THE HISTORY OF THE TWIN CITIES ROBERT EMMETS HURLING CLUB

Below is an accurate account of how TCRE was formed, as told by former club member Jim L

Back in the middle of the inaugural decade of the 21st Century, a handful of unconnected Irish expats looking for a way to connect with their countrymen began casting about for ways to continue their Gaelic sporting traditions. One new arrival, Tommy Frawley made his way down to the Irish Fair on St. Paul's Harriet Island. There on what was a postage stamp of a pitch compared to the standard-sized hurling pitches of his youth he saw two men carrying on with hurley and sliotar, one with a cast on his right leg from his ankle all the way up to his arse. "So there were these two lunatics in the middle of the field and a ball came in and the guy in the cast came up to play it and the other lunatic pulled on the ball as hard as he could", Frawley says with a laugh. And so Frawley made the acquaintance of Barry O'Hara and Liam Woodburn, the man hobbled by the cast, and the fuse was lit on Twin Cities Hurling.

 

O'Hara, a senior-level hurler in his native Antrim, was in possession of single-minded ferocity about hurling and an ineffable feral charisma in general, soon attracted more and more Irish expats into his orbit. A soccer team of expats, Clan na'Gael, would gather at a small, obscure park in the Minneapolis suburb of Edina, Pamela Park, and O'Hara and his growing cohort of aspiring hurlers would show up and mess about. Then one day, Frawley received a call from O'Hara summoning him to a meeting of humble numbers at The Liffey in St. Paul. "Remember when we talked about a hurling club?" O'Hara reminded Frawley. "Well, there's this fella' comin' in from Akron, Ohio who had a club there." And so the first meeting of what would become the Twin Cities Robert Emmets Hurling Club was held with Barry O'Hara, Liam Woodburn, Tommy Frawley, and the man from Akron, Seamus White at the table. White had cobbled together an amalgam of Irish-born and American players into the Celtic Guards back in Akron and aspired to do the same here. O'Hara and Woodburn offered up their team name from back in Antrim, named for the famed Irish martyr, Robert Emmet, and their team colors of green and black, and the TCRE was born. (This was actually done at a later date, after the first or second official scrimmage.  The name, colors, and original mission stated were officially adapted at one of the first official board meetings.)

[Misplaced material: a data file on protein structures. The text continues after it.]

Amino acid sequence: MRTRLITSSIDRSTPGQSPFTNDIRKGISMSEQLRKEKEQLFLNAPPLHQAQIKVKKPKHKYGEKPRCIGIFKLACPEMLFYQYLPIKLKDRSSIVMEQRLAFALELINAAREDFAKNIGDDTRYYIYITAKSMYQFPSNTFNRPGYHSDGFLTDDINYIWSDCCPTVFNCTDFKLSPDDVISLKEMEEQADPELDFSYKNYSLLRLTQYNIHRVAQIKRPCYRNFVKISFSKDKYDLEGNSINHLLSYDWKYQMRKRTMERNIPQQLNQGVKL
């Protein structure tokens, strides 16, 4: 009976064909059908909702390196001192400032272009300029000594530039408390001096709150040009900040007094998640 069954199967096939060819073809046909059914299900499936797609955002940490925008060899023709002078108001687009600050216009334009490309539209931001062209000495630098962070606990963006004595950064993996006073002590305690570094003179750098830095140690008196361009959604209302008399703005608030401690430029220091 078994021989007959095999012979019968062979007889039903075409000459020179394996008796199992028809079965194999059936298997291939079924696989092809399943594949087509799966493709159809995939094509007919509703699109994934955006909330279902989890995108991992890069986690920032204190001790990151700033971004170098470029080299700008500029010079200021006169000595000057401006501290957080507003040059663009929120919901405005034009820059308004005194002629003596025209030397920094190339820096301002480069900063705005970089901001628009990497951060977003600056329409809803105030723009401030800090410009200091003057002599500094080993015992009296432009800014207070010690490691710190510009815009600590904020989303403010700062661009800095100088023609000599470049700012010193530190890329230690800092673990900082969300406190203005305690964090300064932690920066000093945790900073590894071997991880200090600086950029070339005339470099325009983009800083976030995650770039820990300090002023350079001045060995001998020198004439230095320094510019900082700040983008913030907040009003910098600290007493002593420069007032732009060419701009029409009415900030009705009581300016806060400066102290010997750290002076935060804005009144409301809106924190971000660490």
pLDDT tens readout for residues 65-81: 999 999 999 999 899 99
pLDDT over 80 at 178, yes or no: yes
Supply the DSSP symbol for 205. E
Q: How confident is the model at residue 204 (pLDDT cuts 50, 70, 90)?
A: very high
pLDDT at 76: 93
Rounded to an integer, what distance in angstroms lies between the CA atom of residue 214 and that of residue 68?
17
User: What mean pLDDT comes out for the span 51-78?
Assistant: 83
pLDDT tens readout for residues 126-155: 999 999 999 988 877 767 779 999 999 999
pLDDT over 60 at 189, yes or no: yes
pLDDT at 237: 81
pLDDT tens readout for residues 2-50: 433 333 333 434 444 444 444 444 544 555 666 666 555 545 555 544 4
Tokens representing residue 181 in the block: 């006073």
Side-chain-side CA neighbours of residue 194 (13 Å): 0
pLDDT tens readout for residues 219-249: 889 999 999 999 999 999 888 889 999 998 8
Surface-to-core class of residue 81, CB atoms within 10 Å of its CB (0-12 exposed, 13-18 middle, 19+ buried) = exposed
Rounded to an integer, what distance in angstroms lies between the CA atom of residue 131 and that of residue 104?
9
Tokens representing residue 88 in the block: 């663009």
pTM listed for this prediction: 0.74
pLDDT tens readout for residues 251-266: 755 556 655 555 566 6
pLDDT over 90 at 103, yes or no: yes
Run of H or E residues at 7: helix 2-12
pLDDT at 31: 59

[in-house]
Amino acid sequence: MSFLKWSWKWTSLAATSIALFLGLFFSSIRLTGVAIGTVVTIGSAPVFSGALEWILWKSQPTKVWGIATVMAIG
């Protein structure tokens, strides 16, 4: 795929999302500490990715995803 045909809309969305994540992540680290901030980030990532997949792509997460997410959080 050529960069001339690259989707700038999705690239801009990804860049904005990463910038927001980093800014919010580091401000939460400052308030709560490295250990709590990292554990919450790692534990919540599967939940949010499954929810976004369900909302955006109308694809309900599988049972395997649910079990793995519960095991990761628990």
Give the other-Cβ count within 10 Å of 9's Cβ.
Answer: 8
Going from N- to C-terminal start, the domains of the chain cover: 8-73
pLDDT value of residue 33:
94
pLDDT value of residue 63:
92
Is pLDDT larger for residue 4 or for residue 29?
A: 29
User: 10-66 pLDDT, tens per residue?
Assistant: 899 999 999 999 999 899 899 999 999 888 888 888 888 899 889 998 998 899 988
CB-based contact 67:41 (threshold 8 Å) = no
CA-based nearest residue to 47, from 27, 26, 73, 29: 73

The GAA grounds in Cushendun, Antrim, with a green and black striped net in the goal and white houses and the coast in the background

The home grounds of the Cushendun Robert Emmets GAA in Antrim, where the Twin Cities Robert Emmets gets its name and colors. 

Embroidered patch featuring the original Twin Cities Robert Emmets crest. Text reads "Robert Emmets Twin Cities Hurling Club, Est. 2005" with green and black diagonal stripes, white trim, a hurley and sliotar, and silhouettes of Ireland and Minnesota.
The Twin Cities Robert Emmets crest. Text reads "Roibeard Eiméid C.L.G." with two hurleys crossed in the center with a sliotar, a bridge over water, a river running vertically up the center, and a small star in the upper corner.

The original Twin Cities Robert Emmets crest featured the club colors green and black. The current crest highlights more features of the club's home, such as Minneapolis's iconic Stone Arch Bridge, the Mississippi river, and a star evoking Minnesota's state motto: "L'etoile du Nord" ("Star of the North").

Seven players from the green team posing for a team photo
Eight players from the white team posing for a team photo

The two teams that played in the club's first scrimmage, even before the club had adopted the Robert Emmets name and colors of black and green. According to unofficial accounts, the white team (featuring club founders Seamus White (back row left), Barry O'Hara (back row second right), and Tommy Frawley (back row right)) emerged victorious.

Two teams stand for a group photo. The back row team wears a red and white striped jersey, and the front row team wears a green jersey.

Early City League teams.